"I have too many casual-use dishes, and they are taking up a lot of space in my cupboards. But I can't bear to part with any of them. One set (of about eight) was given to me by my late mother and includes a set of casserole dishes, mugs, coffee pot, salt and pepper shakers, butter dish with cover, and so on. These are my favourite, but they're not microwave safe. The second set (of four) was given to me by my daughters when they were younger, one of the first gifts they bought for me with their own money. They're pretty, and I like the shape of the bowls, but some have broken so now there aren't enough. And they don't go with anything else I have. The third set are plain white, which is practical because I can use them to supplement my good china. All three sets came with cups and saucers, which I never use and would give away, but I don't like to separate them from the rest of the set. Do you have any suggestions for how to reclaim space in my cupboards?"

This is a classic expression of the frustration we all experience when objects pile up and emotional ties prevent us from letting them go. Here are some suggestions that might help you in this situation:

  • If you like the objects, get them out of hiding and use them.
  • Consider that your mother probably did not expect you to keep the dishes forever and would be very sad that you were experiencing so much stress over them. Who would she suggest that you give them to or what would she have liked you to do when you were finished with them?
  • Move the dishes out of the cupboard and lay them out in a different room. Taking items out of context often helps the sorting/separating process by changing perspective.
  • Play the strangers, acquaintances, friends game. Which of the dishes are friends and which are strangers? Send the strangers away.
  • The emotional attachment in this case is not likely to the dishes, which are at the end of the day, just dishes you are not using. The attachment is to your mother and your daughters. Rather than keeping a cupboard full of dishes, pick one or two which serve as a representation of the love you have for them and send the rest away.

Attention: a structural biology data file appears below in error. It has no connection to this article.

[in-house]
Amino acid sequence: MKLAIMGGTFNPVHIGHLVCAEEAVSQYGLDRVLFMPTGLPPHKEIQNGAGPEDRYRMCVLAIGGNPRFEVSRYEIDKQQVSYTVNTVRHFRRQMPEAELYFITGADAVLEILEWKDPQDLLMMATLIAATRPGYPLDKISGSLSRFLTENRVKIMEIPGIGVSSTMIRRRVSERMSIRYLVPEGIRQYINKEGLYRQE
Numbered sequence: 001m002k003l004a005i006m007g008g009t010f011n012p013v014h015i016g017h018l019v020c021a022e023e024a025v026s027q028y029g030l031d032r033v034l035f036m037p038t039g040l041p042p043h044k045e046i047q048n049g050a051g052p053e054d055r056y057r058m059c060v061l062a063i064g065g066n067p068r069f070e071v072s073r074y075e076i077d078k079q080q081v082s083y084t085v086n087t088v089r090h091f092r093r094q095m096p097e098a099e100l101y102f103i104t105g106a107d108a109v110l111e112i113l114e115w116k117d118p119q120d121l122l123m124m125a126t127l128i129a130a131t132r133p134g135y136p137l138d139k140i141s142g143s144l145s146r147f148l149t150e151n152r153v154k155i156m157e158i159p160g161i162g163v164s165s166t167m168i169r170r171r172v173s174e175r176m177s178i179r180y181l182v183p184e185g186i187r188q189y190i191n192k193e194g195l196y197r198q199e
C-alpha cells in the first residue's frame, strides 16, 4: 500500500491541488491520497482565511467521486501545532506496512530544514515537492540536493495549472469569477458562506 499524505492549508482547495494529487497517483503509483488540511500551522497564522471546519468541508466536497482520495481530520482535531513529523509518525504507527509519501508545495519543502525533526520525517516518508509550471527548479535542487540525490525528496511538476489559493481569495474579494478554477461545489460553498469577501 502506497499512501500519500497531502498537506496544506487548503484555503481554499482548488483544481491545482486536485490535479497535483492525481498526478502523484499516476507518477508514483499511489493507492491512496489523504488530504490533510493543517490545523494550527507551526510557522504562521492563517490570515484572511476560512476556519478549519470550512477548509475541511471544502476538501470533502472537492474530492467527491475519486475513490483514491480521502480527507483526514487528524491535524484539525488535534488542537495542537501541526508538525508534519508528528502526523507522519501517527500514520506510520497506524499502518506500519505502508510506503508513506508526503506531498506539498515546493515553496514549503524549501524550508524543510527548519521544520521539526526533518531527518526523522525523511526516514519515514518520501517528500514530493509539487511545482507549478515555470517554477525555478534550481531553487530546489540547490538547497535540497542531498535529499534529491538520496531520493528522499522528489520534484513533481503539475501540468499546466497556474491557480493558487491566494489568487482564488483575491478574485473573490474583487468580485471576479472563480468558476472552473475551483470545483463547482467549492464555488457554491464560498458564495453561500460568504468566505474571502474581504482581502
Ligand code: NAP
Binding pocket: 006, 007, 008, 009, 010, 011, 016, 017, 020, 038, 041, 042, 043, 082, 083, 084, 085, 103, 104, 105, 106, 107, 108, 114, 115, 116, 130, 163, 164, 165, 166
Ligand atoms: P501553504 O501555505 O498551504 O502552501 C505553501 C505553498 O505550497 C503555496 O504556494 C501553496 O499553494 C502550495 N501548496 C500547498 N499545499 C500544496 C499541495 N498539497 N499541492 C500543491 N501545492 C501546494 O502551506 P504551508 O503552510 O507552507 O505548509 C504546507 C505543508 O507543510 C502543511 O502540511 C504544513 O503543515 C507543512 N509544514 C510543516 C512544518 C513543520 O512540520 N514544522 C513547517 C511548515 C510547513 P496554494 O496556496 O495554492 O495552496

• Often by giving items which hold a strong emotional memory to someone or someplace of significance to us, the emotional attachment to the object can be diminished by the emotional experience of the giving. Are your daughters setting up their own homes yet? Could they use the dishes? Do you know a single mother who is struggling to make ends meet? Would she enjoy some lovely dishes? You get the picture.
  • Take a picture! Get a friend or family member to take a picture of you using the dishes and with the entire set. In the case of the dishes your daughters gave you, have them in the picture too. You can now save the picture to remind you of the dishes and to elicit the same feelings of love for your family members without keeping all the objects.

Tuesday, October 14, 2008

Client Questions - Why can't I decide what to do with this stuff?

You've made the decision to get rid of it, you've blocked the time and arranged for the children to be elsewhere. You're looking at a pile of toys in the basement that haven't been touched by the kids for months/years/decades and can't decide what to do with it. You'd be surprised how common this situation is. Many of my clients have tried valiently to sort through a pile of unwanted goods and become overwhelmed with the process.

Try this: move the goods to a different location. If the toys are in the basement, pile them all into a laundry hamper and put them in the middle of the living room/kitchen/backyard. Group them into similar objects. Notice how your perspective changes?

Changing the location of the goods changes the perspective for your brain and grouping by like objects demonstrates the quantity of goods you have collected. Changing perspective helps your brain to look at the goods differently and boosts the Keep, Give Away, Throw Out decision making process.

Start small. If you empty the basement into the living room you are committed for a weekend. You might not make it and then you'd be frustrated with the stuff in the living room. Try a couple of laundry hampers worth first. Success? Great. Celebrate and either schedule your next session or try a couple more hampers.